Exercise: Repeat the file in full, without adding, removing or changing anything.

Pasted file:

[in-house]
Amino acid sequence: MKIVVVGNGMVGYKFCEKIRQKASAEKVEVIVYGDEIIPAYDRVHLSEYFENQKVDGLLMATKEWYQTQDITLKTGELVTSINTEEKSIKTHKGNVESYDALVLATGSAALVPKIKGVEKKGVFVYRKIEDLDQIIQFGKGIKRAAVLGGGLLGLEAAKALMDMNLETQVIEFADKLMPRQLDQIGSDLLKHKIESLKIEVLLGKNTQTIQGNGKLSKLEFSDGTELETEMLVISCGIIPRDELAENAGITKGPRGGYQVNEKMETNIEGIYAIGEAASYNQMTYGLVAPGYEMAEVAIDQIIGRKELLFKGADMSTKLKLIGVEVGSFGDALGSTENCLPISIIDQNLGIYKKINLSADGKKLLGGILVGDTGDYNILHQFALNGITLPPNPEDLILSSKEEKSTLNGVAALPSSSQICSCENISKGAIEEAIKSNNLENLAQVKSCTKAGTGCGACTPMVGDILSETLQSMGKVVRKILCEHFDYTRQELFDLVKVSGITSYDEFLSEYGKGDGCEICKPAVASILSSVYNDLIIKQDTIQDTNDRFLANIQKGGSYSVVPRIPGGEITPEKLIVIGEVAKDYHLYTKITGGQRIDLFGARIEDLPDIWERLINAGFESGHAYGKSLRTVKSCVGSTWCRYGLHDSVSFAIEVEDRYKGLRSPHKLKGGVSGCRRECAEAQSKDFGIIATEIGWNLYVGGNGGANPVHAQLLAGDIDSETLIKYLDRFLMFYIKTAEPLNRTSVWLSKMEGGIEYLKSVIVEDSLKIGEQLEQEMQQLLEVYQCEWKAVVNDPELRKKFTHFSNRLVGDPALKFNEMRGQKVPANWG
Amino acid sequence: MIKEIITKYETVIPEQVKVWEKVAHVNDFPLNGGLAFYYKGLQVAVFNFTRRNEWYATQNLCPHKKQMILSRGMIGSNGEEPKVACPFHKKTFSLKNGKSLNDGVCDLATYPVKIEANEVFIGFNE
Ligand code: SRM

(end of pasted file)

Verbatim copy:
[in-house]
Amino acid sequence: MKIVVVGNGMVGYKFCEKIRQKASAEKVEVIVYGDEIIPAYDRVHLSEYFENQKVDGLLMATKEWYQTQDITLKTGELVTSINTEEKSIKTHKGNVESYDALVLATGSAALVPKIKGVEKKGVFVYRKIEDLDQIIQFGKGIKRAAVLGGGLLGLEAAKALMDMNLETQVIEFADKLMPRQLDQIGSDLLKHKIESLKIEVLLGKNTQTIQGNGKLSKLEFSDGTELETEMLVISCGIIPRDELAENAGITKGPRGGYQVNEKMETNIEGIYAIGEAASYNQMTYGLVAPGYEMAEVAIDQIIGRKELLFKGADMSTKLKLIGVEVGSFGDALGSTENCLPISIIDQNLGIYKKINLSADGKKLLGGILVGDTGDYNILHQFALNGITLPPNPEDLILSSKEEKSTLNGVAALPSSSQICSCENISKGAIEEAIKSNNLENLAQVKSCTKAGTGCGACTPMVGDILSETLQSMGKVVRKILCEHFDYTRQELFDLVKVSGITSYDEFLSEYGKGDGCEICKPAVASILSSVYNDLIIKQDTIQDTNDRFLANIQKGGSYSVVPRIPGGEITPEKLIVIGEVAKDYHLYTKITGGQRIDLFGARIEDLPDIWERLINAGFESGHAYGKSLRTVKSCVGSTWCRYGLHDSVSFAIEVEDRYKGLRSPHKLKGGVSGCRRECAEAQSKDFGIIATEIGWNLYVGGNGGANPVHAQLLAGDIDSETLIKYLDRFLMFYIKTAEPLNRTSVWLSKMEGGIEYLKSVIVEDSLKIGEQLEQEMQQLLEVYQCEWKAVVNDPELRKKFTHFSNRLVGDPALKFNEMRGQKVPANWG
Amino acid sequence: MIKEIITKYETVIPEQVKVWEKVAHVNDFPLNGGLAFYYKGLQVAVFNFTRRNEWYATQNLCPHKKQMILSRGMIGSNGEEPKVACPFHKKTFSLKNGKSLNDGVCDLATYPVKIEANEVFIGFNE
Ligand code: SRM